While only men hold the priesthood as ecclesiastical oﬃcers within the Mormon church. not with Jesus Christ. is sets up a reluctance to locate Heavenly Mother with any of the oﬃcial duties of the Godhead. Summer Seminar on the development of Mormon theology. going so far as to speak of their engagement with “the mysteries” as the linchpin of true I rely on Oyeronke Olajubu. there is no female savior ﬁgure. Yet nothing in Mormon theology explicitly ascribes priesthood authority of the same kind identiﬁed with God the Father to God the Mother.9 Yoruba priestess will be thinking of something entirely diﬀerent from the Mormon wondering whether or not to approach Heavenly Mother with devotion. resurrected woman. e earliest Mormons embraced a radical openness to redeﬁne belief and reinterpret scripture. which extends into a reluctance to identify with Heavenly Mother in worship. women participate as ordinance workers in the temple and invoke priesthood blessings. 2003) to make this comparison. 17 . 16 I thank fellow seminar participants that helped ﬂesh out this tradition in earliest Mormonism. and much of the Mormon doctrine of the “fullness of the priesthood” combines with endowment and sealing covenants. ere is the anticipation that women will exercise the same powers considered priesthood in mortality aer themselves becoming goddesses through exaltation. Brigham Young University. Women in the Yoruba Religious Sphere (Albany: State University of New York Press. e tradition of decontextualized literalism when interpreting scripture17 forces out possibilities of worship or a systematic theology of Heavenly Mother.16 e parameters within the greater Mormon theological system delimit and circumscribe any speculative doctrine regarding Heavenly Mother. She has a parity with God the Father. ere remains an ambiguity regarding her role in priesthood. She is seen as an embodied. Mormon Scholars Foundation. 2010. She carries the title of mother because she gave birth to human spirits the same way God the Father is the father of human spirits—a very natural explanation for the origins of human spirits in preexistence that demands a female as much as a male.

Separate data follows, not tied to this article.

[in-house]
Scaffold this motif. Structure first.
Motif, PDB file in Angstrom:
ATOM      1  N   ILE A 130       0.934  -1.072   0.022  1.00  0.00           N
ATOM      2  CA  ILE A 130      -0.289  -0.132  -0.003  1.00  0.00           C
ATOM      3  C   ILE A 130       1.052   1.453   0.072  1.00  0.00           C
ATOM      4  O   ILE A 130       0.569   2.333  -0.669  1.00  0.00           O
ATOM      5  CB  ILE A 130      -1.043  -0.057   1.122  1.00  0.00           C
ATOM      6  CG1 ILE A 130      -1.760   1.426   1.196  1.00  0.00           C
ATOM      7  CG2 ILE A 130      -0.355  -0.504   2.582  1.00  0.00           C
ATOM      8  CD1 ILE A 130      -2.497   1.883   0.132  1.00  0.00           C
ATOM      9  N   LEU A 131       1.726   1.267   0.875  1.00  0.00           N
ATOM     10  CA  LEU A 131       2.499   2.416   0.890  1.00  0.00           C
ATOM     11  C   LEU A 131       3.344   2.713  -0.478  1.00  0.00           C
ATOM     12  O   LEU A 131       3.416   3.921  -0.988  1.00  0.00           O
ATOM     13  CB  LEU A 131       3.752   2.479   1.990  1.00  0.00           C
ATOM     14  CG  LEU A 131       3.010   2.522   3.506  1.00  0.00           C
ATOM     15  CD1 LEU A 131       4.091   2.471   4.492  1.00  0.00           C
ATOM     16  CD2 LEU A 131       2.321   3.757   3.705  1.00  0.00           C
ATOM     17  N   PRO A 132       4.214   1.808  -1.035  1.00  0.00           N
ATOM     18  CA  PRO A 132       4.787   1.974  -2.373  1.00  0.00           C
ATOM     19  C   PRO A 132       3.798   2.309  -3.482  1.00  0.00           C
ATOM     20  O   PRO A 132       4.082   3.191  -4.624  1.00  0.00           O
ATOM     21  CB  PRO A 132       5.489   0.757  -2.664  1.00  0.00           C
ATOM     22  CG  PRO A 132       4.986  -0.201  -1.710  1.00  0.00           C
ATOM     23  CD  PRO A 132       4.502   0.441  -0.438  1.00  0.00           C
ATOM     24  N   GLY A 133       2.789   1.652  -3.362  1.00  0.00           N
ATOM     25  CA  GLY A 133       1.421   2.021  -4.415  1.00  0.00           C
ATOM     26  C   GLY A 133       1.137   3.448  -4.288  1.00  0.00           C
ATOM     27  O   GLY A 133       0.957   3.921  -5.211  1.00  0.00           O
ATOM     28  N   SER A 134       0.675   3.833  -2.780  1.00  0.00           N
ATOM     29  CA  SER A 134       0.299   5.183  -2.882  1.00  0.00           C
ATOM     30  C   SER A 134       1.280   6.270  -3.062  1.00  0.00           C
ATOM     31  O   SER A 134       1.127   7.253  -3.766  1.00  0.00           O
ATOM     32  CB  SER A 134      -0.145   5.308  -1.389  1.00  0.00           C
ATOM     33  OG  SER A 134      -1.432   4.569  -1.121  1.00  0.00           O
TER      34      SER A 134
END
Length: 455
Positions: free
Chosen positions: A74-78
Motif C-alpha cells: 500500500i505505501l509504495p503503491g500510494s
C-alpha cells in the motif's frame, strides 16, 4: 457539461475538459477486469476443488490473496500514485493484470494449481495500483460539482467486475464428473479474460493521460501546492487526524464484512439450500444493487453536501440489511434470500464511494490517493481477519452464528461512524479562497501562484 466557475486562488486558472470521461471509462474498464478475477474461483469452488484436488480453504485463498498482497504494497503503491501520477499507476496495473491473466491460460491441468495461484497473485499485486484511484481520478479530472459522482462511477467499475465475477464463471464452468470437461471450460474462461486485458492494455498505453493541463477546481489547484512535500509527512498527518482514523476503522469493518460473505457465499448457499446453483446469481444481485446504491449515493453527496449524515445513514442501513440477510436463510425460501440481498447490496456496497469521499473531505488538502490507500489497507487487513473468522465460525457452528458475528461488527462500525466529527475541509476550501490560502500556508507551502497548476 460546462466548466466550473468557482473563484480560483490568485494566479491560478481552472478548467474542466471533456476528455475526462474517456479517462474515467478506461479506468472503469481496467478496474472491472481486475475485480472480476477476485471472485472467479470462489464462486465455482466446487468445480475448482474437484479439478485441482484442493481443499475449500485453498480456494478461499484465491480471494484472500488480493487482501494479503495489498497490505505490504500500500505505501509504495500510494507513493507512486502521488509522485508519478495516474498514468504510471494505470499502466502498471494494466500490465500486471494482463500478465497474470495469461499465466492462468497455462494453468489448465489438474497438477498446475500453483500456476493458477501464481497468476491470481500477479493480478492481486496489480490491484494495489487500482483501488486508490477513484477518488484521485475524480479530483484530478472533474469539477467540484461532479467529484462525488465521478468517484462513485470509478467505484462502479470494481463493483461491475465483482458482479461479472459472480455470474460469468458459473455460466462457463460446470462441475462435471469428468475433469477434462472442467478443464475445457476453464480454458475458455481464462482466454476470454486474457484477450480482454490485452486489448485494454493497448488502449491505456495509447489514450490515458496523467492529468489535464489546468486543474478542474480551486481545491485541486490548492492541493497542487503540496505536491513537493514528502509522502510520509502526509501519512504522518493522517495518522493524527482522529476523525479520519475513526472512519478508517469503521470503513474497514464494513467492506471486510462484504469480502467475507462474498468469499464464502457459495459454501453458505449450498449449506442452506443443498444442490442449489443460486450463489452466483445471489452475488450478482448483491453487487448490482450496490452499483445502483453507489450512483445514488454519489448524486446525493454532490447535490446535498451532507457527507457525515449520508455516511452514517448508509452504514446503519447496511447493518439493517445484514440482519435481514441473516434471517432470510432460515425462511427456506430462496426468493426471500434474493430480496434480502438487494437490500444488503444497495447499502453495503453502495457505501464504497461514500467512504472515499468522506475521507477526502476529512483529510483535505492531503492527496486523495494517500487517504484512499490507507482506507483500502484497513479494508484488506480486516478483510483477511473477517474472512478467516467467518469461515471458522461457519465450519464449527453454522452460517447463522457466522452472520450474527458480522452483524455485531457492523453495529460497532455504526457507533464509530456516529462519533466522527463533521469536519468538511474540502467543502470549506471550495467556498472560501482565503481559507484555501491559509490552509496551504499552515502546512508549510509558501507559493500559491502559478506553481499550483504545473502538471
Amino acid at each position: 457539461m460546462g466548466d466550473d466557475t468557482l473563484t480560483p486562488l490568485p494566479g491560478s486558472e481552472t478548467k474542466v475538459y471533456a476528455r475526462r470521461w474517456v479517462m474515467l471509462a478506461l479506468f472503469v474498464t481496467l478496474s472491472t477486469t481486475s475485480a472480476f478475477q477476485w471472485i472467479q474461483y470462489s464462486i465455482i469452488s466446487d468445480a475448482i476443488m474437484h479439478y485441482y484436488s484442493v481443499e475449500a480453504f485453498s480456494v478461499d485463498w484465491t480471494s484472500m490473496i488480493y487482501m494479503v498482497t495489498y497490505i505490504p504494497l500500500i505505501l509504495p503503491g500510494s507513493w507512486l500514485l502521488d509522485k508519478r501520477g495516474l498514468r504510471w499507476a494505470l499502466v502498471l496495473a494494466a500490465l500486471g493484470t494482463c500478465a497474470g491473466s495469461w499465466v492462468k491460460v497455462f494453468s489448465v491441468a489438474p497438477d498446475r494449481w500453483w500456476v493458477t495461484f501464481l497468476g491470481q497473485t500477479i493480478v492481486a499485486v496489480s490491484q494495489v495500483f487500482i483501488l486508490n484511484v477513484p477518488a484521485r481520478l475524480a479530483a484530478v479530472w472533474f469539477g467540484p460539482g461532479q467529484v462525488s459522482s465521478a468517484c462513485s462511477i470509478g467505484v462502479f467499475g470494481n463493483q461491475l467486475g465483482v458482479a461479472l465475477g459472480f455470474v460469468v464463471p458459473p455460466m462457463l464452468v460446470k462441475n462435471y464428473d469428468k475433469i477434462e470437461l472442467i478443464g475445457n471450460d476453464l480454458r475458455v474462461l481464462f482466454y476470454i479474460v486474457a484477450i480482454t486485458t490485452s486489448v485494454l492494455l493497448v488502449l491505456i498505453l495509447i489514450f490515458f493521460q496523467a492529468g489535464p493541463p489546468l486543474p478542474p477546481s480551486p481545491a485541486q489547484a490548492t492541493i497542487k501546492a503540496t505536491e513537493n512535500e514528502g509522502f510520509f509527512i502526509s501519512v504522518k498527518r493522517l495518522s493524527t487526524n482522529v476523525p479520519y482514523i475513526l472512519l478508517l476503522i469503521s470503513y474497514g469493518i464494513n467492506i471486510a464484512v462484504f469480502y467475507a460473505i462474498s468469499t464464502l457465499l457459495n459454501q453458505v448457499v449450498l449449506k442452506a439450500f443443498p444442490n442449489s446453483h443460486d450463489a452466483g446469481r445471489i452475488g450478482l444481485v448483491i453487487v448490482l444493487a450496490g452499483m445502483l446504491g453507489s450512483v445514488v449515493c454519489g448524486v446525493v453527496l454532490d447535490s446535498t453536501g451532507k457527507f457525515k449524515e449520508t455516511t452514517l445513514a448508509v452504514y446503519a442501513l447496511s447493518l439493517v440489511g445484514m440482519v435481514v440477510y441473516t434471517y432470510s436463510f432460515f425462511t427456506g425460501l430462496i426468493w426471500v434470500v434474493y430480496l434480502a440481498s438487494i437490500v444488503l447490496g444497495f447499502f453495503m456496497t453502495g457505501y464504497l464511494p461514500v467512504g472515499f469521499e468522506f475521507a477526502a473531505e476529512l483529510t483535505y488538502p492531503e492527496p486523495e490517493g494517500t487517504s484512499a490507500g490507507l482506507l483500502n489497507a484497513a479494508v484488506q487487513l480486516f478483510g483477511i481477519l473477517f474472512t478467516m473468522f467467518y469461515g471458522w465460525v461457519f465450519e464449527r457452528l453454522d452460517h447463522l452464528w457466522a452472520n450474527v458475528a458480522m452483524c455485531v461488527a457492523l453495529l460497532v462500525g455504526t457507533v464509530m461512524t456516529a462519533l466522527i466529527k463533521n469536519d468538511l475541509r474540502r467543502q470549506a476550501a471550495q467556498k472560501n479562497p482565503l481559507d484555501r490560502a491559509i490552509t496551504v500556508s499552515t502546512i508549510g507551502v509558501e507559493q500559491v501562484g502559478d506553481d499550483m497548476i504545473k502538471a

Whittaker. “e Character of Joseph Smith. Within this society.” BYU Studies 42. Heavenly Mother must be held back from human view not because of a need to suppress her. One was loyal to family above all.19 is view. See Paulsen and Pulido. ineﬀable reverence. e most predominant approach places the idea of a Heavenly Mother within the realm of intense. Richard Lyman Bushman. Only a couple of approaches have surfaced in an apparent move to reconcile the lack of detail despite the full range of possibilities that would further Mormon understandings of a Mother in Heaven. At the heart of these approaches lies an implicit recognition that Mormons have held back on this “mystery” doctrine which would not square with their proclivity for diving right into the mysterious doctrines head ﬁrst.18 It is strange. no.20 Loyalty and insult occupied high rungs on the values pyramid—and both in equal parts. . Dan Jones. how stunted the development of Heavenly Mother theology has been. Parley Pratt.” Journal of Mormon History 4 (1977): 35–49. once again. Stemming from backcountry Yankee culture. but because of her degree of holiness. and it was because of this loyalty that insults could not go unchallenged. and other missionary writers would debate in the press with critics over what constituted the “true religion” and each at one point built a case around Mormons’ willingness to entertain what other Christians regarded as mysterious philosophy le only to God or the aerlife.10 religion. “Early Mormon Pamphleteering. therefore. 2 (2003): 27. as though God and Jesus have been profaned by human speech and behavior in ways that God the Father would never dare allow to his wife. mirrors nineteenth. For various reasons. Benjamin Winchester. 73–75. Americans at the turn of the century inculcated what scholars have called a culture of honor. the woman’s honor needed defending by a 18 19 20 David J. Duels occurred over the honor of the head of a household and one of the gravest aﬀronts to this man’s honor would be to insult his wife. For instance.and twentieth-century American culture.